(A and B) Numbers of iPSC colonies induced from MEFs infected by SKM (A) or SK (B) plus chemicals or Oct4. Error bars, mean ± SD (n = 3 biological repeat wells). (C) Morphology of MEFs for chemical reprogramming on day 0 (D0) and a GFP-positive cluster generated using VC6TF on day 20 (D20) after chemical treatment. (D) Numbers of GFP-positive colonies induced after DZNep treatment on day 36. Error bars, mean ± SD (n = 2 biological repeat wells). (E to G) Morphology of a compact, epithelioid, GFP-positive colony on day 32 (D32) after treatment (E), a primary CiPSC colony on day 40 (D40) after treatment (F), and passaged CiPSC colonies (G). (H) Schematic diagram illustrating the process of CiPSC generation. Scale bars, 100 μm. For (D), cells for reprogramming were replated on day 12.
(A and B) Numbers of iPSC colonies induced from MEFs infected by SKM (A) or SK (B) plus chemicals or Oct4. Error bars, mean ± SD (n = 3 biological repeat wells). (C) Morphology of MEFs for chemical reprogramming on day 0 (D0) and a GFP-positive cluster generated using VC6TF on day 20 (D20) after chemical treatment. (D) Numbers of GFP-positive colonies induced after DZNep treatment on day 36. Error bars, mean ± SD (n = 2 biological repeat wells). (E to G) Morphology of a compact, epithelioid, GFP-positive colony on day 32 (D32) after treatment (E), a primary CiPSC colony on day 40 (D40) after treatment (F), and passaged CiPSC colonies (G). (H) Schematic diagram illustrating the process of CiPSC generation. Scale bars, 100 μm. For (D), cells for reprogramming were replated on day 12.

Next, they optimized the dosages of these chemicals in order to increase the efficiency of iPSC production. They were able to increase the efficiency of iPSC production to 5% (1 of every 20 colonies of cells), which is respectable. They also identified yet another small molecule that beefed up iPSC production by another 40-fold. Also, this chemical cocktail was able to make iPSCs from mouse adult fibroblasts, fat-derived stem cells, and fibroblasts from newly born mice.

When the CiPSC lines were characterized, they made all the right genes to be designated as pluripotent stem cells, and they had normal numbers of normal-looking chromosomes all the way through 13 passages.

When injected into mice with dysfunctional immune systems, the CiPSCs made tumors that were mixtures of tissues of all over the body. When they were transferred into early mouse embryos, they could contribute to the bodies of developing mice, and they could even contribute to the production of eggs and sperm, When baby mice were completely made from CiPSCs, those mice were fertile and had babies of their own. This is the ultimate test of pluripotency and the CiPSCs passed it with flying colors.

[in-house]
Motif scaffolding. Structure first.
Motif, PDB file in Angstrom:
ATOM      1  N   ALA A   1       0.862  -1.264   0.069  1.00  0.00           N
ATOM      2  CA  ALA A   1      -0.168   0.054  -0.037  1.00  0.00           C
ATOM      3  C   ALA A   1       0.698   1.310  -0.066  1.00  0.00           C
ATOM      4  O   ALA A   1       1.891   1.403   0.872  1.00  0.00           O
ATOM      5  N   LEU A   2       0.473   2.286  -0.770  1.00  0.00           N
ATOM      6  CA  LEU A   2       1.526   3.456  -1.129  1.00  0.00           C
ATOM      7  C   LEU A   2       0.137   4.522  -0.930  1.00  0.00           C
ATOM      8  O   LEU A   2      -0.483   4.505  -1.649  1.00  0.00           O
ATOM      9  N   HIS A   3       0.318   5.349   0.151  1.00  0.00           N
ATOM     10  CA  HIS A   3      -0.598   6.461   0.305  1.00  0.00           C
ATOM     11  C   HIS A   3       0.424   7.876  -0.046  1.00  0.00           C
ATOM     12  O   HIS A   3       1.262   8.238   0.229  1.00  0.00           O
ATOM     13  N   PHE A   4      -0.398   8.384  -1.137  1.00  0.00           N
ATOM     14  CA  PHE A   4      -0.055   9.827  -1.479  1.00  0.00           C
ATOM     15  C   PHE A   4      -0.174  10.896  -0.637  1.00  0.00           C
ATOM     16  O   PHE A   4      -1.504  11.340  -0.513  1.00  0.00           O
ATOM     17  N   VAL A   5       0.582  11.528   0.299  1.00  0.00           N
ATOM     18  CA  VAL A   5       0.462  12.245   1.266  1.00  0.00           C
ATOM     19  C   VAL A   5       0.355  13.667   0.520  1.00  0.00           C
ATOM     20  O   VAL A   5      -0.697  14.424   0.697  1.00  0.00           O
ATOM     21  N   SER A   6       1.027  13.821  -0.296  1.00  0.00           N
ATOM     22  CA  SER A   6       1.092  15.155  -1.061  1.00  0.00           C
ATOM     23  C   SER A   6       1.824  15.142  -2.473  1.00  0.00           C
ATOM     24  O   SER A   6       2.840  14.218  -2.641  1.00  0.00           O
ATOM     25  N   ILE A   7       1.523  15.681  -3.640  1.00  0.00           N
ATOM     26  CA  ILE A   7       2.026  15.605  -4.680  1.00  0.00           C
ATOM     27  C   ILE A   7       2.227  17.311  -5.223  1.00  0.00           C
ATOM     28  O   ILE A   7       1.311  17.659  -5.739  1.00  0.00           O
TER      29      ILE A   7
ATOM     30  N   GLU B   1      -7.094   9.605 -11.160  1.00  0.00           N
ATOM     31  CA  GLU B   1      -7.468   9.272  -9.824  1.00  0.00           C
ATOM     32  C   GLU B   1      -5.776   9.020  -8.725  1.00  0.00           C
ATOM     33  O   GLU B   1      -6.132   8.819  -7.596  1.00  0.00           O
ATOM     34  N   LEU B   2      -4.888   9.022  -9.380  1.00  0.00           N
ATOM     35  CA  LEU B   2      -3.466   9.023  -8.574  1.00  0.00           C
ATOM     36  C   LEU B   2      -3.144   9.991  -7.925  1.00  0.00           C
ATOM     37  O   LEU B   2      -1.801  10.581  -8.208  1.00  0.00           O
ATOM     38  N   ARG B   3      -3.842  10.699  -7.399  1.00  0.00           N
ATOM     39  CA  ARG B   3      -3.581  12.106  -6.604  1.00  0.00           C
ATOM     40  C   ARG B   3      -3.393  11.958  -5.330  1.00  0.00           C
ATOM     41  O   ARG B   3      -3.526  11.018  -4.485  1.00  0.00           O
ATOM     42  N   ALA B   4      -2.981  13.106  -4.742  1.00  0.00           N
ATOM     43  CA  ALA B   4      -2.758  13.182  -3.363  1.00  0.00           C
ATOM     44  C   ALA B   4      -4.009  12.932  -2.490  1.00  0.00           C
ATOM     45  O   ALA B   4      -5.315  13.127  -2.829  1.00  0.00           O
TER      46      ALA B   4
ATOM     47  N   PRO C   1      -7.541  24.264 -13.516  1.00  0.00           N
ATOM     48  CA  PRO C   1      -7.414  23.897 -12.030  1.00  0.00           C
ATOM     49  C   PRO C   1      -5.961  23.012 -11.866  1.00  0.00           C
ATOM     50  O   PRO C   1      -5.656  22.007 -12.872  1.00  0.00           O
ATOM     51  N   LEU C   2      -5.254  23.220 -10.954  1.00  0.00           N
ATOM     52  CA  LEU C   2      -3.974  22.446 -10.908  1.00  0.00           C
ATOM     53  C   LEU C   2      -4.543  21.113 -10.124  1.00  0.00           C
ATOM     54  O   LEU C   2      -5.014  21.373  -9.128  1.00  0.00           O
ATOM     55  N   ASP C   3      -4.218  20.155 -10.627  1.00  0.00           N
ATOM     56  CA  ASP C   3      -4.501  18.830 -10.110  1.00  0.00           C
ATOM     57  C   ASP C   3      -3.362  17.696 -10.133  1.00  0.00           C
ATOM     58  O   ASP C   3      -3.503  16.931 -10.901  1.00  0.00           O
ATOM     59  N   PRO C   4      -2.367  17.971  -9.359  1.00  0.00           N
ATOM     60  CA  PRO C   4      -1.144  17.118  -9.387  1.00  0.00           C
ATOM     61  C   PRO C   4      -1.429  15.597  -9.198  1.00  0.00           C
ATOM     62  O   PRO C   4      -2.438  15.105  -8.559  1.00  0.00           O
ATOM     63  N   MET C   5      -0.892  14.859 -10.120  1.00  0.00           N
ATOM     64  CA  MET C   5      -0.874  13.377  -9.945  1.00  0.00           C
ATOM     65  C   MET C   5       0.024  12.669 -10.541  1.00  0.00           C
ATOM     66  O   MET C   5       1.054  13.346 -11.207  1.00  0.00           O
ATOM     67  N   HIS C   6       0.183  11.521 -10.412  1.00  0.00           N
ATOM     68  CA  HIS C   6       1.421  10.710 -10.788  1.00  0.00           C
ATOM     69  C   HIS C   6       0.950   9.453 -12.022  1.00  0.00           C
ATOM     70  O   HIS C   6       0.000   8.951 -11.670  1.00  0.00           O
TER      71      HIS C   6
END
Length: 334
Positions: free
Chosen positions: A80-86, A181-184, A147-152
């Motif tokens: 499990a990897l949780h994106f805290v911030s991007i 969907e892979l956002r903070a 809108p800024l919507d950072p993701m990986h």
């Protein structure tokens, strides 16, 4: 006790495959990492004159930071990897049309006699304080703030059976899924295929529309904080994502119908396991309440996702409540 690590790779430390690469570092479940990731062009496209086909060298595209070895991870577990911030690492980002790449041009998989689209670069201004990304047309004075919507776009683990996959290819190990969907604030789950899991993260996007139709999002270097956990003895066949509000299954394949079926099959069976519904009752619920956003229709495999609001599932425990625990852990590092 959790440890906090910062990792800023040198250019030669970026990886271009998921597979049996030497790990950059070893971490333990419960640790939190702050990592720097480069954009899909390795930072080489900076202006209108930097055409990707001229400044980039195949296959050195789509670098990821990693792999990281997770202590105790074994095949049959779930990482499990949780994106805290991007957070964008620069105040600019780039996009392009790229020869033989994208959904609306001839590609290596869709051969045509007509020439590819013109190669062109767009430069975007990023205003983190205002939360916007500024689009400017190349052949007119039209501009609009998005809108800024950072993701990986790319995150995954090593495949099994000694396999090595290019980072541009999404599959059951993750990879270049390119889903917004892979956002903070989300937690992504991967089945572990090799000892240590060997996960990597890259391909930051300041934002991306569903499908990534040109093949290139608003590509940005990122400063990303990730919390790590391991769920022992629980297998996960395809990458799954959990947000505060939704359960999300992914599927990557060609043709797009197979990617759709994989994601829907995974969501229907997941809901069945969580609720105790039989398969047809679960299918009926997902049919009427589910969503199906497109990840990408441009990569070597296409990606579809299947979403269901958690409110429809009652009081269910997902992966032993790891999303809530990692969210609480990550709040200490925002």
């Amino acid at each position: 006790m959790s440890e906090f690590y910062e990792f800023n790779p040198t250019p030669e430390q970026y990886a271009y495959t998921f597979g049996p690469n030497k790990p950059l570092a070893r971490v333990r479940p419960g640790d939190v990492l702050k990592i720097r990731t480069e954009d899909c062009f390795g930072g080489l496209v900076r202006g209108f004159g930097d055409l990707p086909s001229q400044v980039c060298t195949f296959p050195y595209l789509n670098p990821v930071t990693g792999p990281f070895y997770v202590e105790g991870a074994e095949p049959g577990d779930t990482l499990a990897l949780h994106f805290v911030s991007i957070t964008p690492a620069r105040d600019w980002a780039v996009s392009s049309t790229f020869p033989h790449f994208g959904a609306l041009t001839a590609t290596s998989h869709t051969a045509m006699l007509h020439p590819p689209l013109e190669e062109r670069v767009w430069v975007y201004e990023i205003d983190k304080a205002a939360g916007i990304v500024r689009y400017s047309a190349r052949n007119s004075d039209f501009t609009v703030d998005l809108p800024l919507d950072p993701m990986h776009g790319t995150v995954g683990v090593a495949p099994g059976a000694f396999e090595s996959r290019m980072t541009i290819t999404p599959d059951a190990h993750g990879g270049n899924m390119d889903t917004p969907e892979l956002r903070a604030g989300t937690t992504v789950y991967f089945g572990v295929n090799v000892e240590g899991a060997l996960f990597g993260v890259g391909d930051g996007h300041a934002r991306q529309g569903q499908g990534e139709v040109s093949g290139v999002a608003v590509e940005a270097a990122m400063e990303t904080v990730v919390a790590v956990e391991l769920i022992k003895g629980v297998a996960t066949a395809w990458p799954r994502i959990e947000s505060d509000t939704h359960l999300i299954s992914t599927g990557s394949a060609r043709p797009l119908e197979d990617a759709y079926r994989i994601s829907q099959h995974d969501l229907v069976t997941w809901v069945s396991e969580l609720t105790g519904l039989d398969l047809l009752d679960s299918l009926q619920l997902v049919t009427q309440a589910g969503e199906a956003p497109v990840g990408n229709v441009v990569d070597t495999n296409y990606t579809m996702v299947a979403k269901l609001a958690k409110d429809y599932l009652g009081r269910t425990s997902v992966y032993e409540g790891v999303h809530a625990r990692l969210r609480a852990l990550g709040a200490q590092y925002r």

A) Hematoxylin and eosin staining of CiPSC-derived teratoma (clone CiPS-30). (B to D) Chimeric mice (B, clone CiPS-34), germline contribution of CiPSCs in testis, (C, clone CiPS-45) and F2 offspring (D, clone CiPS-34). Scale bars, 100 μm. (E) Genomic PCR analyzing pOct4-GFP cassettes in the tissues of chimeras. (F) Survival curves of chimeras. n, total numbers of chimeras studied.
A) Hematoxylin and eosin staining of CiPSC-derived teratoma (clone CiPS-30). (B to D) Chimeric mice (B, clone CiPS-34), germline contribution of CiPSCs in testis, (C, clone CiPS-45) and F2 offspring (D, clone CiPS-34). Scale bars, 100 μm. (E) Genomic PCR analyzing pOct4-GFP cassettes in the tissues of chimeras. (F) Survival curves of chimeras. n, total numbers of chimeras studied.

Other experiments in this paper examined why these chemicals induced pluripotency in adult cells, but these experiments, though interesting, are lost in the fact that this research group has generated iPSCs without using any viruses, or genetic engineering technology. These CiPSCs are true pluripotent stem cells and they were generated without killing any embryos or introducing genes that might drive cells to become abnormal.

If this can be replicated with human cells, it would be earth-shattering for regenerative medicine.

Studying Tough-to-Examine Disease by Using Brain Cells Made from Stem Cells